Lead equivalence testing using a custom-built testing kit

Lesley Maddox, Robert Parin, Benjamin Khoo

Research output: Contribution to journalArticlepeer-review


Radiation protective garments should undergo a quality assurance regime comprising of an acceptance test of the lead equivalence before the garment is introduced into clinical service, followed by routine periodic visual and fluoroscopic inspections throughout its remaining clinical lifespan. The IEC 61331-1:2014 [1] is the leading standard outlining the methodology for testing of lead equivalence of these garments and forms the basis of the Australian/New Zealand Standards (1999) [2]. This study outlines the design and development of an IEC compliant broad beam lead equivalence testing setup, using an in-house custom-built testing kit (CBTK). The practicality and robustness of this kit was performance tested using lead equivalence measurements on 97% pure lead sheets. Hospital radiation protective garments are predominantly made of lead-free or lead-composite materials due to their light weight, as such, a set of lead-free (N-Pb) samples was also performance tested. These samples were tested using two different beam qualities; a total filtration of 2.5 mmAl and 0.25 mmCu added filtration, both at 102 kVp. Samples with thicknesses of 0.25 mm, 0.35 mm and 0.50 mm were used. The differential between labelled and measured lead equivalence averaged 3% for both the 'pure-lead' samples and N-Pb samples, with uncertainty of less than 7%. At 102 kVp, the use of Cu or Al filtration has marginal effect on measured lead equivalence for pure lead or N-Pb samples. The efficacy of utilizing the CBTK with a solid-state detector for lead equivalence testing was demonstrated through its ease of use, consistency and precision.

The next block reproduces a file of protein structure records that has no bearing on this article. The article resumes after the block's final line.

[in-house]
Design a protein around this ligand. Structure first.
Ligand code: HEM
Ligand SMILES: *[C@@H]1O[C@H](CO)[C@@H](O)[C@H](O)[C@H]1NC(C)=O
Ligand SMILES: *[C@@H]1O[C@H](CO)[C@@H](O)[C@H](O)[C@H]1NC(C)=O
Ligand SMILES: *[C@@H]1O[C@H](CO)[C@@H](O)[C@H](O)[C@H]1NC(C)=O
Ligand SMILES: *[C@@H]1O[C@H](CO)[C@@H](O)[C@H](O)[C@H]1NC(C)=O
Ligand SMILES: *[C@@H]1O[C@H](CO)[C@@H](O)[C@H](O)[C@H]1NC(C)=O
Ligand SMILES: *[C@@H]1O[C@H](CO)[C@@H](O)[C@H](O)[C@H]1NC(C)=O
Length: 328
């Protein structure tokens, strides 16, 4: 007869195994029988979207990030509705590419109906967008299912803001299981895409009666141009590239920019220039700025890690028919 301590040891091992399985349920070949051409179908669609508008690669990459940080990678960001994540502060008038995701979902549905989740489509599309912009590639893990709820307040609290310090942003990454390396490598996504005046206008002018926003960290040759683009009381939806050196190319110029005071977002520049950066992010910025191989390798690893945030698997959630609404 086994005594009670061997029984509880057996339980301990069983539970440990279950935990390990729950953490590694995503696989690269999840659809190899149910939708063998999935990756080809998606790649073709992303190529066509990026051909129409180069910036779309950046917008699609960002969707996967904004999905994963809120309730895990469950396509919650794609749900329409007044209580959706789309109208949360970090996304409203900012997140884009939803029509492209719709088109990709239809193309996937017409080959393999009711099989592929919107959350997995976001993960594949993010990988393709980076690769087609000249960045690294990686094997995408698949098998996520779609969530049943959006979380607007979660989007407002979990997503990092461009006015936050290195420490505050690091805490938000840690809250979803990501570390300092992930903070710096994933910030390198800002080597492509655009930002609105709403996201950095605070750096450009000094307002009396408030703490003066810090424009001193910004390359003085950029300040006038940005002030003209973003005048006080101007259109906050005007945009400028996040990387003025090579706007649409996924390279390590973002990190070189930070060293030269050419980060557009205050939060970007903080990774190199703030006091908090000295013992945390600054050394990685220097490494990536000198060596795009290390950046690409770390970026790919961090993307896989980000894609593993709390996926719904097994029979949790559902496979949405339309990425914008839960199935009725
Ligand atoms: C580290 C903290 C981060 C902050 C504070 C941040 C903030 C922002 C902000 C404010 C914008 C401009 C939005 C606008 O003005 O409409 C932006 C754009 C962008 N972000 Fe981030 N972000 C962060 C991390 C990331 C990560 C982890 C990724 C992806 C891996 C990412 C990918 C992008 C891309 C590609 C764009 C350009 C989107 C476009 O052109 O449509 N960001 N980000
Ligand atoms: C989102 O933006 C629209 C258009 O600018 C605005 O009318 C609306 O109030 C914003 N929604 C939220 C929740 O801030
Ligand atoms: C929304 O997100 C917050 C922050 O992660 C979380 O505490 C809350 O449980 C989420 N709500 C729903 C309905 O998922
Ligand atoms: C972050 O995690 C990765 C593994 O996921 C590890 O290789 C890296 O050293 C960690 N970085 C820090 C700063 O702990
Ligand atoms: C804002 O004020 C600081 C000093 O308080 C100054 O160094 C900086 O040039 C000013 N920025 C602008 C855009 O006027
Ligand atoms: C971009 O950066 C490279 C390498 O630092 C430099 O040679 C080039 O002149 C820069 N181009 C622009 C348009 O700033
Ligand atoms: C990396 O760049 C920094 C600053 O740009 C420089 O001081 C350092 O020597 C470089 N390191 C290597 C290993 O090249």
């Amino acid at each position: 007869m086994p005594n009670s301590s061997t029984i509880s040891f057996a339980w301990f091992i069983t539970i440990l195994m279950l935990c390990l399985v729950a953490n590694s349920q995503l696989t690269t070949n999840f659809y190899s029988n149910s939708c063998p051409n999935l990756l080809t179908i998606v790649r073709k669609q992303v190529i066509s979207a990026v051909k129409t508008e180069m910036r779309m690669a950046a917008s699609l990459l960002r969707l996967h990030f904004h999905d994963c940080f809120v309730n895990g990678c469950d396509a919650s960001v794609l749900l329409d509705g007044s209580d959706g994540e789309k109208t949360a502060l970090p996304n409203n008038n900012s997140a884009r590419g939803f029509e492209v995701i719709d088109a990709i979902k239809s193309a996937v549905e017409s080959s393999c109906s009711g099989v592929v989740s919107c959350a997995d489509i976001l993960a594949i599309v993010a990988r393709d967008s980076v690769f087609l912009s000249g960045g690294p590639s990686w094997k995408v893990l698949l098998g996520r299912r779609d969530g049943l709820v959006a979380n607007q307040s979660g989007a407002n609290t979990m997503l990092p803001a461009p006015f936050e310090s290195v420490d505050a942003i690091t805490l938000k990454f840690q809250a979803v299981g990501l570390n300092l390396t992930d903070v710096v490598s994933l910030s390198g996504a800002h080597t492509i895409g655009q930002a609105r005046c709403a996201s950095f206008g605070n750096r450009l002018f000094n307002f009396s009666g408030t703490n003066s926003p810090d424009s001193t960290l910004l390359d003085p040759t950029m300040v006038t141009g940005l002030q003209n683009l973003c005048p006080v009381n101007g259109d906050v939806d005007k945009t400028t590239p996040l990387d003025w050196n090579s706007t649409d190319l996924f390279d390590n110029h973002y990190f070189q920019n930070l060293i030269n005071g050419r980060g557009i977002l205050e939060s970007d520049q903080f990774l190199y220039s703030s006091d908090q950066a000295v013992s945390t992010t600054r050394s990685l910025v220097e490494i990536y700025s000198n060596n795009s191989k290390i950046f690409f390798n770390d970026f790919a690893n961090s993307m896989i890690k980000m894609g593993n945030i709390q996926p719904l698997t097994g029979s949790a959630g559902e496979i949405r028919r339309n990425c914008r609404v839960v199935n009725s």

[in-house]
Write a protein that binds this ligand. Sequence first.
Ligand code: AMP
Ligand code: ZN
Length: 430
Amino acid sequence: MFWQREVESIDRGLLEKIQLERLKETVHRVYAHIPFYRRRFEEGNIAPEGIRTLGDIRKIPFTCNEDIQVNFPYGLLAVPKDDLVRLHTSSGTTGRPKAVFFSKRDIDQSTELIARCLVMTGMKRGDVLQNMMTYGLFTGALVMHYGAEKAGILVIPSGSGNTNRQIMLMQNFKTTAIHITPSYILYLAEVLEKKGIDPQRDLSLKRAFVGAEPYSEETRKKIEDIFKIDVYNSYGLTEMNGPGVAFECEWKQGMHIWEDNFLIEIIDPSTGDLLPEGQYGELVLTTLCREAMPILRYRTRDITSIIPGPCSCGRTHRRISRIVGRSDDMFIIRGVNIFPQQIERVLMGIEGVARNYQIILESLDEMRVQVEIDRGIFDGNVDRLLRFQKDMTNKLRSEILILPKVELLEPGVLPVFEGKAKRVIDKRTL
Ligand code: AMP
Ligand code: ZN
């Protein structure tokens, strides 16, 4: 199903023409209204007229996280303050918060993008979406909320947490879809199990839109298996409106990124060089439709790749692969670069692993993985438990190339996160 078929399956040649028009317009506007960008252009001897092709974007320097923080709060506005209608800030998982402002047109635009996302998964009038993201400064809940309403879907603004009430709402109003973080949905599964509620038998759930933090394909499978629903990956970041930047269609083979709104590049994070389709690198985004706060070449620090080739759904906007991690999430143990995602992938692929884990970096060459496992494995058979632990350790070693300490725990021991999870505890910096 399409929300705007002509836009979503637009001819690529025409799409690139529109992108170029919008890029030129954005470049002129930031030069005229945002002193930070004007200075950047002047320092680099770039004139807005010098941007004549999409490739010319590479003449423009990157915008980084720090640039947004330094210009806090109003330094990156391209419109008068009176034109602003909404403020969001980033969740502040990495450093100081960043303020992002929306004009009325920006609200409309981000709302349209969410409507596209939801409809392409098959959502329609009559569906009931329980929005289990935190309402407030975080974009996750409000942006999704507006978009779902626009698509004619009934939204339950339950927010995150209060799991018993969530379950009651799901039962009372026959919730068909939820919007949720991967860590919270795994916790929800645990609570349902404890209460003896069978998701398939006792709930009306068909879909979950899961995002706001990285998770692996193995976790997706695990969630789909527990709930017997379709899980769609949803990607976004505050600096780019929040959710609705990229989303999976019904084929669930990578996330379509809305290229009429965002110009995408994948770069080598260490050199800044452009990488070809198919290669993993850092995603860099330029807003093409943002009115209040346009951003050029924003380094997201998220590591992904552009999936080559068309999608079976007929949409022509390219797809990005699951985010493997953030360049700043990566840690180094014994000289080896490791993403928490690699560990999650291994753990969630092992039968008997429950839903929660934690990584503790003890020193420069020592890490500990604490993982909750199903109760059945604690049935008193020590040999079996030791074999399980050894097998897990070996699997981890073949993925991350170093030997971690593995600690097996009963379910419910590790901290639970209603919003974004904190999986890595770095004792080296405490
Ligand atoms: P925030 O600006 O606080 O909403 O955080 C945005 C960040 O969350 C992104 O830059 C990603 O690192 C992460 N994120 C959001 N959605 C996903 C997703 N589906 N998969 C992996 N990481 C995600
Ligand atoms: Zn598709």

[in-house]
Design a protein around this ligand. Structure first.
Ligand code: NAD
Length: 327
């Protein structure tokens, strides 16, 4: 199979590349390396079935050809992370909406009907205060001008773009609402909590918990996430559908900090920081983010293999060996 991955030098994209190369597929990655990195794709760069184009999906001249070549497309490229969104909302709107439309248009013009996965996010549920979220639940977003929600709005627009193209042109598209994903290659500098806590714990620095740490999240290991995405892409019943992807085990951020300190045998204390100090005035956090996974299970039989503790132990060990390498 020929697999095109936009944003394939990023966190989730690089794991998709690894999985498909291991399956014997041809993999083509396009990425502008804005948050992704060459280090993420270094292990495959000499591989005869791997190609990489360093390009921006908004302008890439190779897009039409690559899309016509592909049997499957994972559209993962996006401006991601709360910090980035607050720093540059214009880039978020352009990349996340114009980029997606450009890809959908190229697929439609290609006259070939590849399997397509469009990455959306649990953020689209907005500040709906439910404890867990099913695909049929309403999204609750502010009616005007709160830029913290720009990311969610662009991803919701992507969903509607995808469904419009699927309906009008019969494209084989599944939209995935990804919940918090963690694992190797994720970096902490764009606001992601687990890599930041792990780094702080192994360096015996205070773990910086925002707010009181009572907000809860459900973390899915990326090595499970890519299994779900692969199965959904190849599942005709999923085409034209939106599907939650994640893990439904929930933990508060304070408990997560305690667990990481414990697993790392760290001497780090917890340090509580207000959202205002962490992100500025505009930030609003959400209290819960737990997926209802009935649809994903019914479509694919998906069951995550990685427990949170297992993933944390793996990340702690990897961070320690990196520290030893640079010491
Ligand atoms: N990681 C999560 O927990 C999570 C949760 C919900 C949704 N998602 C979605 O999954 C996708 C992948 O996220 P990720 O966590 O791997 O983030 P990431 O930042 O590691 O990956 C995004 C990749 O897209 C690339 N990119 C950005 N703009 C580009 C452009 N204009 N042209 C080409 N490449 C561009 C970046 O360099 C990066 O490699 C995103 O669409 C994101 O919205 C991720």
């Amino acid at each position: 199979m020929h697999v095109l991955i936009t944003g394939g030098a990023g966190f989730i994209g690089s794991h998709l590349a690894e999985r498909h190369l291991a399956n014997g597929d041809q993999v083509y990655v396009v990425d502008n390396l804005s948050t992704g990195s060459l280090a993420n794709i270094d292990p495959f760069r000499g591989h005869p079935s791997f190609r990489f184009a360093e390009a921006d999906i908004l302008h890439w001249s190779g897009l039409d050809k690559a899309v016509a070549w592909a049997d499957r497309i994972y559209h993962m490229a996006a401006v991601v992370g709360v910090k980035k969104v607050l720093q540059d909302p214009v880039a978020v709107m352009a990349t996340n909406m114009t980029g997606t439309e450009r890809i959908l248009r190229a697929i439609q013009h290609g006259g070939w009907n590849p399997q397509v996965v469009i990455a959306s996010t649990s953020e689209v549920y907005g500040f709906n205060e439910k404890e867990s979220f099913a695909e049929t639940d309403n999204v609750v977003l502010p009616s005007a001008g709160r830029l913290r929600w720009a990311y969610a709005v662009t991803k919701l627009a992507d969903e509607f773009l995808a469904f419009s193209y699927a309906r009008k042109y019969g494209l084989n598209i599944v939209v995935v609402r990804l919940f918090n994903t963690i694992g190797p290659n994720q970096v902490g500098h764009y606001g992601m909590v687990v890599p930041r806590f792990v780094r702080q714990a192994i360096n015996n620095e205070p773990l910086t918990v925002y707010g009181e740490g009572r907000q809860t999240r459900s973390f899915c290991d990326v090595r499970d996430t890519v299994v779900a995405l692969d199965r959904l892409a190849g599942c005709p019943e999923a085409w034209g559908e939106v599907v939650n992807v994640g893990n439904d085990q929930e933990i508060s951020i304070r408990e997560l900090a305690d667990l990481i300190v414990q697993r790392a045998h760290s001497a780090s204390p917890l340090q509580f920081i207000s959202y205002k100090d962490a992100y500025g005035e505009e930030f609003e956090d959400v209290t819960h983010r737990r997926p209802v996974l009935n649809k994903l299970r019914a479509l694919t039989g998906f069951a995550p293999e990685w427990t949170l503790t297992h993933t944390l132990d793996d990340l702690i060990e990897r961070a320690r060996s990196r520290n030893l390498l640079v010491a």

Original languageEnglish
Pages (from-to)1325-1334
Number of pages10
JournalPhysical and Engineering Sciences in Medicine
Issue number4
Early online date9 Nov 2022
Publication statusPublished - Dec 2022
Externally publishedYes


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